If you’re a gardener, you’re already well aware of the essential role bees play in ensuring a productive harvest. But far beyond the backyard garden, bees are responsible for pollinating 80% of our flowering crops, comprising a third of everything we eat. And honeybees aren’t the only ones at work; there are around 4,000 species of native bees in the U.S., including bumblebees, carpenter bees, and mason bees.

Unfortunately, the bee population is in serious decline. Colony collapse disorder, parasites, diseases, exposure to pesticides, and destruction of habitat has led to massive bee death across the country. For those of us unable to keep our own hives, the best thing we can do is create a safe haven for bees in our yard.


Plant Something Enticing

Since different bees are active at varied points of the year, it’s important to plant an assortment of flowers that bloom from early spring through late fall. Wildflowers and other native plants provide bees with an excellent source of pollen and nectar. Talk to your state’s native plant society or a Homestead Gardens expert to find out which native plants will be best for your garden.

Bees are most attracted to blue, purple and yellow flowers. Flat or shallow blossoms attract the largest variety of bees, as pollen and nectar are easily accessible. Plant flowers in large groups as bees frequently return to clearly visible flower beds.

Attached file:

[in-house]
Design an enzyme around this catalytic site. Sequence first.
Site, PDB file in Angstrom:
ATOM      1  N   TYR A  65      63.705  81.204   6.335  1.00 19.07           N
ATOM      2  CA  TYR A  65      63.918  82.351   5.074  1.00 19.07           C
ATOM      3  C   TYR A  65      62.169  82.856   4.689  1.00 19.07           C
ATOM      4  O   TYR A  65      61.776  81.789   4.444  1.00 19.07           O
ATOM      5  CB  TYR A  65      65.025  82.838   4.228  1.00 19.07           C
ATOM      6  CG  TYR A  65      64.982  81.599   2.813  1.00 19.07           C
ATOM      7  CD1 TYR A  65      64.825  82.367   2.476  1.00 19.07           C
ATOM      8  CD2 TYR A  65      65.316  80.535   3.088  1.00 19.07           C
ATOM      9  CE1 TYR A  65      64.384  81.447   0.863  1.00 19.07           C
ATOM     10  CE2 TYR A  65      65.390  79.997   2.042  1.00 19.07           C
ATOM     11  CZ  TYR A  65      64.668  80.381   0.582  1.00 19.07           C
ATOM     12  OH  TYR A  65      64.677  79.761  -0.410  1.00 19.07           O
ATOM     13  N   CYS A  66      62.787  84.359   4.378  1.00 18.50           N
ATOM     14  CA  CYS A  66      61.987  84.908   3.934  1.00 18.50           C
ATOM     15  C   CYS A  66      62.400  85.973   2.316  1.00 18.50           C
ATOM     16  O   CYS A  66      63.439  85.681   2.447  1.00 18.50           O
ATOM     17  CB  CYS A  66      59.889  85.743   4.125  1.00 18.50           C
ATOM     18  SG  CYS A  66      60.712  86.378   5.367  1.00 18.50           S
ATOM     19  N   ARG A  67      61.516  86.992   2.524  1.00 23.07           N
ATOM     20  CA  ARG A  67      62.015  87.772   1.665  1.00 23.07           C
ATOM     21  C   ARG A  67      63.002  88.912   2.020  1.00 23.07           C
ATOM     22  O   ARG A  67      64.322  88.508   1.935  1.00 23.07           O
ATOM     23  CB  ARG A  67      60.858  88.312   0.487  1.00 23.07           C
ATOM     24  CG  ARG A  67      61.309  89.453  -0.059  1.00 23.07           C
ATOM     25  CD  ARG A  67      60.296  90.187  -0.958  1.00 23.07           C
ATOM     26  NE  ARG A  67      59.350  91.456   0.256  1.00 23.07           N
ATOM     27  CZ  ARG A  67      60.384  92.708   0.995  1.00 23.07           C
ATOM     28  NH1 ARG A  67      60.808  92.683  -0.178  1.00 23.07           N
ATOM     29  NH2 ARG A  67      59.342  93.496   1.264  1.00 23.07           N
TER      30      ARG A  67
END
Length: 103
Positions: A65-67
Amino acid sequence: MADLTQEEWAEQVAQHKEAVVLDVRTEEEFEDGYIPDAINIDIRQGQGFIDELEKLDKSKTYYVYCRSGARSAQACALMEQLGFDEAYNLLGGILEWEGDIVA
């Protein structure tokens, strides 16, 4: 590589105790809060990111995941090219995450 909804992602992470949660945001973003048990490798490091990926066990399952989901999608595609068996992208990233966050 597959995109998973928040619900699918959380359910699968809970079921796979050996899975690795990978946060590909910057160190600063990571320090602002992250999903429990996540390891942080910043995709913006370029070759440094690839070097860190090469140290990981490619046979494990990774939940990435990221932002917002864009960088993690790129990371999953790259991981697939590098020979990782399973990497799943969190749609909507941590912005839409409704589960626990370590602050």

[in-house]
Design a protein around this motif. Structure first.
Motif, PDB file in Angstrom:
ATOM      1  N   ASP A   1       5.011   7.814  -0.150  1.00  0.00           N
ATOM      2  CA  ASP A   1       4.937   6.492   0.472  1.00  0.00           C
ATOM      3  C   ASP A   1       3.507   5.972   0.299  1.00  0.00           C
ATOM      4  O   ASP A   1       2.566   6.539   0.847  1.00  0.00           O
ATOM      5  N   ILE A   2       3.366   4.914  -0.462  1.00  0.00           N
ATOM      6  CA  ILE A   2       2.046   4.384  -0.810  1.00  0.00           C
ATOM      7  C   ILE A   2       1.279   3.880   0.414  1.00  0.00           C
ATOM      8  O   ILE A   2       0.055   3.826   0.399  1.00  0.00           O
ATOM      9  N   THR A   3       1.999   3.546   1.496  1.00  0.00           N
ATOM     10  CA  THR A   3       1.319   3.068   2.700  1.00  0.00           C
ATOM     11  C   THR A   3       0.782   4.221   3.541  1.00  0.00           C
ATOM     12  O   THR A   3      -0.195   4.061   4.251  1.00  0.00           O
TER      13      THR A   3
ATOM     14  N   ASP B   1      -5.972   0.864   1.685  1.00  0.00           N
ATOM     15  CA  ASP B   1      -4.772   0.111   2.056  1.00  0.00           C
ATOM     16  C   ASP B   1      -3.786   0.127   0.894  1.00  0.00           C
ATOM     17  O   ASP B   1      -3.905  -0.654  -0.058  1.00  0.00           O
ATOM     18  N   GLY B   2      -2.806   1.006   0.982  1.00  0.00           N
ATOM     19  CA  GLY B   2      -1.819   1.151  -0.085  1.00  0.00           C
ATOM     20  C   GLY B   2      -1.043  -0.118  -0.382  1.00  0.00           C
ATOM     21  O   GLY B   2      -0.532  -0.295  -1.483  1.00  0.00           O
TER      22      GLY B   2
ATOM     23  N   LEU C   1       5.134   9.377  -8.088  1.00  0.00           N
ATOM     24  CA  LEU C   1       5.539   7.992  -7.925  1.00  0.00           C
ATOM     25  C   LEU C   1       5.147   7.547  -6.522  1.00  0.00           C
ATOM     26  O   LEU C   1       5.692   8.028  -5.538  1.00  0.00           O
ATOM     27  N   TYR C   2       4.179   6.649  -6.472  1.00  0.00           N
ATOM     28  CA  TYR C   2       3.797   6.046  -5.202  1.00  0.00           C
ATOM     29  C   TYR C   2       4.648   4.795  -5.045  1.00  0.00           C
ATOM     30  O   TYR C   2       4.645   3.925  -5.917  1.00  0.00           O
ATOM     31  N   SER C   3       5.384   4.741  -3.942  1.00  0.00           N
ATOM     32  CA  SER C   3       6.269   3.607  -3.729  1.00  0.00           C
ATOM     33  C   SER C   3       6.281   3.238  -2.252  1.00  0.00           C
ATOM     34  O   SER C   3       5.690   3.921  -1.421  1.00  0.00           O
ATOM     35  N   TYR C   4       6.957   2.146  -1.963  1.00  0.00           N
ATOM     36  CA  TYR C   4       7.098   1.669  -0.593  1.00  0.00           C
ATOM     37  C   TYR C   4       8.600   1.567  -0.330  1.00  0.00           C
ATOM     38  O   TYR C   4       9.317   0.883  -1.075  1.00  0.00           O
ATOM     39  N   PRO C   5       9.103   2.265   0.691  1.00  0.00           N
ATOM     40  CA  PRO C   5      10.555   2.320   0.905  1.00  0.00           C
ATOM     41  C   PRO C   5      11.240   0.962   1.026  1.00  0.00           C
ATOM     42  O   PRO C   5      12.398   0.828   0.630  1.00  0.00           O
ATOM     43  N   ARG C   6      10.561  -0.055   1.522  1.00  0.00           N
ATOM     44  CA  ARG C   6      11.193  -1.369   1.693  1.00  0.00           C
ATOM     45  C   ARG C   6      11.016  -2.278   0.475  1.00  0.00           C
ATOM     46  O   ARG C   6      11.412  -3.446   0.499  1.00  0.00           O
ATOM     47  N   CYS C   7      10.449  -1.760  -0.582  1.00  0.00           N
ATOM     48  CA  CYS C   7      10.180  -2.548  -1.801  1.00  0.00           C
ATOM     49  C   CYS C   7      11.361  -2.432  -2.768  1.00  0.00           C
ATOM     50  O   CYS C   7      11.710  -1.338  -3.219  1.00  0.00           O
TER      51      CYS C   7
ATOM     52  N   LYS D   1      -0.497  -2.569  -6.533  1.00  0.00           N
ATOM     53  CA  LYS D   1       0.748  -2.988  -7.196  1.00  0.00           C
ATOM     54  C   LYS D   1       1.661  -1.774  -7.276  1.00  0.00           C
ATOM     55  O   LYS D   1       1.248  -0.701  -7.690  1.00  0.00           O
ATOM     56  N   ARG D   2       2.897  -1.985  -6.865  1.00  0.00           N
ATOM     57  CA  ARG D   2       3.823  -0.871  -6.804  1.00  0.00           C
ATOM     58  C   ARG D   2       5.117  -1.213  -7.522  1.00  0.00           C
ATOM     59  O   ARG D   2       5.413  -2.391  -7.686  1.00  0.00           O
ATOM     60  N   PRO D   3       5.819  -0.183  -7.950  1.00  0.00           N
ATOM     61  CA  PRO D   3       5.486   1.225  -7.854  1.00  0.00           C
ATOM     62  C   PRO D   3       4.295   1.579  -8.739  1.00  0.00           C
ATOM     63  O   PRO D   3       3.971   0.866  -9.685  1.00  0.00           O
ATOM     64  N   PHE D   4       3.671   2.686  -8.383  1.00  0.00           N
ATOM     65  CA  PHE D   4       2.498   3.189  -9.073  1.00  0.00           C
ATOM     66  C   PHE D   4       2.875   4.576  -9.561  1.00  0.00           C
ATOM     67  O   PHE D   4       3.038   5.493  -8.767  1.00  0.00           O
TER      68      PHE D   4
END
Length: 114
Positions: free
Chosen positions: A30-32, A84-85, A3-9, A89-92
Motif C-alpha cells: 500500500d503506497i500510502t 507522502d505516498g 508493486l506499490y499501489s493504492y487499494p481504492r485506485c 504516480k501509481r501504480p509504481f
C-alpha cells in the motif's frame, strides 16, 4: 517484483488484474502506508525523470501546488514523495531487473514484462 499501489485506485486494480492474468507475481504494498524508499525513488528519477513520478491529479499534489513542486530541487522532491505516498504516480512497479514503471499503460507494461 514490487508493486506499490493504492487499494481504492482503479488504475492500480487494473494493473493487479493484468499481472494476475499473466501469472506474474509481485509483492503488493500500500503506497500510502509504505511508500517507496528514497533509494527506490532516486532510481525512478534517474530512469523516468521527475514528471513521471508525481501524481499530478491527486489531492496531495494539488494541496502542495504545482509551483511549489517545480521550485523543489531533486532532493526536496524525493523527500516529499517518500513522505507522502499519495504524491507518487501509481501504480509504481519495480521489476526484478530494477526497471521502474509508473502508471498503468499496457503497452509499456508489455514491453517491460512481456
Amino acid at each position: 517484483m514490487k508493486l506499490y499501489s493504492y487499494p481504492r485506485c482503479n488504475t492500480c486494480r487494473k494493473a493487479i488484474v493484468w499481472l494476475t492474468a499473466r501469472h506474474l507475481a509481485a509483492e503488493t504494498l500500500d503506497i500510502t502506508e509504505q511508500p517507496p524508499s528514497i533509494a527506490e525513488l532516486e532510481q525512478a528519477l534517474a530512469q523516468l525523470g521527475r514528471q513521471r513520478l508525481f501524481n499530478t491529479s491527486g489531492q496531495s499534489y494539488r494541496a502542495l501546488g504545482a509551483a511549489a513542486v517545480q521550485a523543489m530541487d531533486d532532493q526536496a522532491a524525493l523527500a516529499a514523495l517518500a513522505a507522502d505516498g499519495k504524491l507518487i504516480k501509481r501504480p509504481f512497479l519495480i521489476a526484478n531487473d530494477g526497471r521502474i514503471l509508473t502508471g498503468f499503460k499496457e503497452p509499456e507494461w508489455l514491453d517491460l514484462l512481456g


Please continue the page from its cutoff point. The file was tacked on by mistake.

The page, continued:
For more information, see the following resources:


Add a Little Water

Honeybees need water to cool the hive in the hot summer months and to dilute honey in the winter. Add a watering station to your yard and you’ll be surprised to see how many bees end up using it. The simplest way to accomplish this is by filling a bucket or pail with water, and floating a generous amount of wine corks in the water.The corks work as a landing pad so bees can drink their fill of water without drowning.

For more information, see the following resources:


Provide a Place to Live

While most people assume all bees live in hives, the large majority of them are solitary wanderers. By creating a safe nesting habitat in your yard, you can do a lot to help the native bee population thrive.

Wood nesting bee houses can be purchased at a Homestead Gardens retail store or made at home.

Wooden blocks with holes drilled in them, hollow reeds bound together, or pull-apart wooden blocks are particularly good nesting materials. Ground nesting bees will need bare patches of gently compacted earth in which to excavate brood chambers.

For more information, see the following resources:

Attracting bees to your garden can be as simple as planting the right flowers and throwing up a nesting block. However, in order to safeguard these amazing pollinators, it’s absolutely imperative you avoid using pesticides. Many pesticides — even the organic ones — are deadly for bees and other pollinators.

If we all do a little to help our lovely, buzzworthy friends, it can go a long way in protecting the future of our food supply.

Liz Greene is a dog loving, history studying, pop culture geek from the beautiful City of Trees, Boise, Idaho. You can catch her latest misadventures on her blog, Instant Lo.

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